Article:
strategic outlet: Procomp's $106 million contract to supply 186,000 voting
machines in Brazil was the largest order in Diebold's history.

Then came Florida. "There's been a tremendous increase in interest and
contacts asking us to talk about this technology," says Michael Hillock,
Diebold's senior vice president for international sales. "We're looking at
where we think we could move this product."

Perhaps more remarkable is how Brazil, which restored democracy in
1985 after two decades of military rule, quickly has become a model for
electoral probity. President Fernando Henrique Cardoso took a dig at the
U.S. on Saturday, saying that "the example of the most powerful neighbor
shows that not even there were they able to count the votes as quickly as
here."

There have been bumps along the way. After Brazil's dictatorship ended,
the first popularly elected president won through dirty tricks and resigned
on the eve of impeachment for alleged corruption. Even in October's polls,
many ballots hosted candidates with dubious pasts. The weekly magazine
Veja reported that nearly 10% of those running for mayor and city
councilor in the nine largest state capitals were under investigation for
crimes ranging from tax evasion to murder.

But thanks largely to Procomp's electronic voting machines, no one is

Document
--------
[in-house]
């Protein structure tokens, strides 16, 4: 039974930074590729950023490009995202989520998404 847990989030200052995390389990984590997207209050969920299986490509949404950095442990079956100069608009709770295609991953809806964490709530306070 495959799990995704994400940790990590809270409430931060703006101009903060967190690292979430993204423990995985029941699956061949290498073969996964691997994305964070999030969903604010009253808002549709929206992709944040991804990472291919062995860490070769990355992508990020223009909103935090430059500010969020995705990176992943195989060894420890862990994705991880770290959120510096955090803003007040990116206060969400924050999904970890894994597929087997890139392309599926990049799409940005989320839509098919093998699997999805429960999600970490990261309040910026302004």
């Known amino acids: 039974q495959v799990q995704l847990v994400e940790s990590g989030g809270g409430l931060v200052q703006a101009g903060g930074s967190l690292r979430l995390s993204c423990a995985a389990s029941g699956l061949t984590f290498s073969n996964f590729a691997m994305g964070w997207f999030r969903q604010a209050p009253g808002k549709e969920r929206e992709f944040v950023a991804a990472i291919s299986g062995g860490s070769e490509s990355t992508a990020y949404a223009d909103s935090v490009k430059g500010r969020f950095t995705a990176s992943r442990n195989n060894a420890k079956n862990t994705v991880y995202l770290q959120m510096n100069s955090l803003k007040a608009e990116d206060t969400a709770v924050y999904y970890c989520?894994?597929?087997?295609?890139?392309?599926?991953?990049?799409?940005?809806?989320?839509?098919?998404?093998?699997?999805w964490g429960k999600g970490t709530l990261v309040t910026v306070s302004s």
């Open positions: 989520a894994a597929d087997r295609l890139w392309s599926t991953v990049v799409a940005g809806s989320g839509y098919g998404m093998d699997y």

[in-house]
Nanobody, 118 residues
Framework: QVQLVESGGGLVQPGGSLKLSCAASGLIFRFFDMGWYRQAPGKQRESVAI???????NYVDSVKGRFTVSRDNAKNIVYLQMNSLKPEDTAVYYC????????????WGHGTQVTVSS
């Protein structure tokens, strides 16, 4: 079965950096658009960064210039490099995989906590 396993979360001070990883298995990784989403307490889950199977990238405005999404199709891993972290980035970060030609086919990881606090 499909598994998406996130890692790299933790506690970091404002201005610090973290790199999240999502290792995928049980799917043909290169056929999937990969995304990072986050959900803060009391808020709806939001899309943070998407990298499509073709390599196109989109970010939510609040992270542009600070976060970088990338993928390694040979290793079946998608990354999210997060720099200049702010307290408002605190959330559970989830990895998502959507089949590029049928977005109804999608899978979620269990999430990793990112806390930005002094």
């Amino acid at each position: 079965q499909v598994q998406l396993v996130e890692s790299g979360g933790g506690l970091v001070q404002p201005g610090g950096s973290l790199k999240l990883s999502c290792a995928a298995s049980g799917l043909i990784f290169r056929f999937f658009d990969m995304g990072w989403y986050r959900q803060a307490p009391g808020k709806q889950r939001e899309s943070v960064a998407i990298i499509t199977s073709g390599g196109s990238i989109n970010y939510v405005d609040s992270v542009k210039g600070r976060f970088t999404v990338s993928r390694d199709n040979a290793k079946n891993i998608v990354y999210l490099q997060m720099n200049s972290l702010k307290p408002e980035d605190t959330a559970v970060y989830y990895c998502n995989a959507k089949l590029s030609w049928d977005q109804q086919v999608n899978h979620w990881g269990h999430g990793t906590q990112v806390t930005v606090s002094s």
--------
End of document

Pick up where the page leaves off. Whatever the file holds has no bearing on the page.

questioning the integrity of the vote count. Brazil began introducing
electronic voting in 1996, but this year was the first fully automated
nationwide election. The dimensions are staggering: With an area bigger
than the continental U.S., many of the 326,000 polling stations in regions
lacking reliable electricity and one-fifth of the voters illiterate, Brazil poses
the greatest challenge to a fair election of any country outside of India.

Procomp used technology to simplify the process, just as it had adapted its
traditional products to the needs of Brazil's banking market. Procomp's
electronic ballot box, which is the size of a toaster-oven and weighs 17
pounds, has a numeric keypad and a small liquid-crystal display monitor.
Voters tap in the designated number of their preferred candidate,
producing the candidate's digitalized photograph on the screen. Then they
press a green button to confirm the vote or an orange button to correct
their vote. A white button lets them abstain. (Voting is required by
Brazilian law.)